During an AMPED workout session Thursday, Braden Thomas, senior in architecture, swings a 2-inch rope that’s wrapped around a tree. Trainers guessed the rope weighed about 70-75 lbs. 2010 semester as part druing tor of recreational services, and an internship with the Rec. Cracraft’s internship superviMelissa Copp, assistant direc- sor, explains the origins of Cra-
craft’s program. “He chose to create a program and he decided to target the more physically active people to challenge them, and he thought it would be a lot of fun to use a lot of nontraditional equipment like sandbags, sledgehammers, tires, logs, giant 2 inch ropes, you know that type of stuff.” Cracraft’s program proved successful and has subsequently been implemented into the spring semester programs. AMPED is split up into a warm-up, cardio and strength sets, a cool-down and a stretching session. Participants can often be seen moving the tractor tires across fields, flinging ropes and doing other miscellaneous physically-challenging tasks as part of the workout. According to Kacey Barr, junior in kinesiology and ger-
ontology and a trainer for the AMPED program, it is a balanced workout, but allows for variety in how it is completed. “The workouts are nontraditional, which is great for anyone like me who gets bored easily with the same types of workouts week to week,” Barr said. “After going through training myself, I understand how challenging and difficult some parts of the workout can be. At the same time, I know how great it feels to complete a workout giving your best effort.” Copp said unlike a lot of workout programs, this program aims to get people outside instead of in the gym doing “traditional” exercises. It is meant to be a challenging exercise program that “really just gives a different spin on fitness all together.”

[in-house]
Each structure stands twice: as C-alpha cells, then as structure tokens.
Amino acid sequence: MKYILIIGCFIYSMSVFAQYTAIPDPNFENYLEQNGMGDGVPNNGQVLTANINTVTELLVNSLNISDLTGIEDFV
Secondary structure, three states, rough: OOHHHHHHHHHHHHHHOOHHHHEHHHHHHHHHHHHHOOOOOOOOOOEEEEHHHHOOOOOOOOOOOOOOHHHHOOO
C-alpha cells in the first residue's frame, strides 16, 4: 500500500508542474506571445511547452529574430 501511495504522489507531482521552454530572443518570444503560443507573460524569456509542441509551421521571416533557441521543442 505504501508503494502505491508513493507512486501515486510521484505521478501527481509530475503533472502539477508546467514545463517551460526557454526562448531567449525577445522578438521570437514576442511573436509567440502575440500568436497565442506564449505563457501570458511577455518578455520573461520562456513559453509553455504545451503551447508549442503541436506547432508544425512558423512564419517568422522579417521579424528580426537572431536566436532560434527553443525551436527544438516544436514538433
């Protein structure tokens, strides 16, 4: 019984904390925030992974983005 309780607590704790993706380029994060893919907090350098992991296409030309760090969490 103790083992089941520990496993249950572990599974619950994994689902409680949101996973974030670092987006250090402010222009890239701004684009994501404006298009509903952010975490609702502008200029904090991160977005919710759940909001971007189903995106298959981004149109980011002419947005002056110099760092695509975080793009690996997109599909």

To many, the line between what a professor is and isn’t allowed to say in a classroom is blurry, gray and often crossed without any objections. However, a court case decided this past winter gave K-State Salina reason to draw the line quite clearly. In 2008, professor John Heublein at K-State Salina was required to complete a “corrective action plan” for inappropriate classroom conduct, according to a K-State press release. The correction plan was mandated by the university after receiving claims against the professor by students who stated he was making “sexist jokes” in class, said attorney Richard Seaton Sr. Following this mandate, Heublein, who declined to comment, filed grievances against the university for violating his First Amendment rights, academic freedom and substantive and procedural due process. After an unsatisfactory response from President Wefald and an independent faculty committee, a board made up of faculty that were not in Heublein’s college or department, Heublein filed a lawsuit against the university and 12 employees. “He didn’t like the committee’s decision very much, so his attorney filed a suit in Wichita,” said Seaton, who represented the university in the case. The case was heard in the U.S. District Court for Kansas in 2009 and the decision released in late 2010. “Even though it took them a long time, the judge gave a thorough, well detailed and well researched decision that was in the university’s favor,” Seaton said. The court ultimately decided to dismiss the case, whereupon Heublein was given the chance to appeal the ruling, which he chose not to do. K-State Salina declined comment on professor Heublein’s performance since the lawsuit, but he is still fully employed by the university and continues to teach mathematics classes. Sue Times Two With one lawsuit resolved and filed away, K-State is preparing to face another. Tiffany Johnson, senior at K-State, filed a $75,000 lawsuit against the university after slipping down stairs in the Derby Dining Center. Johnson claims the stairs were in a poor condition, causing the accident. University officials declined to comment, and Johnson’s representation could not be reached for an interview.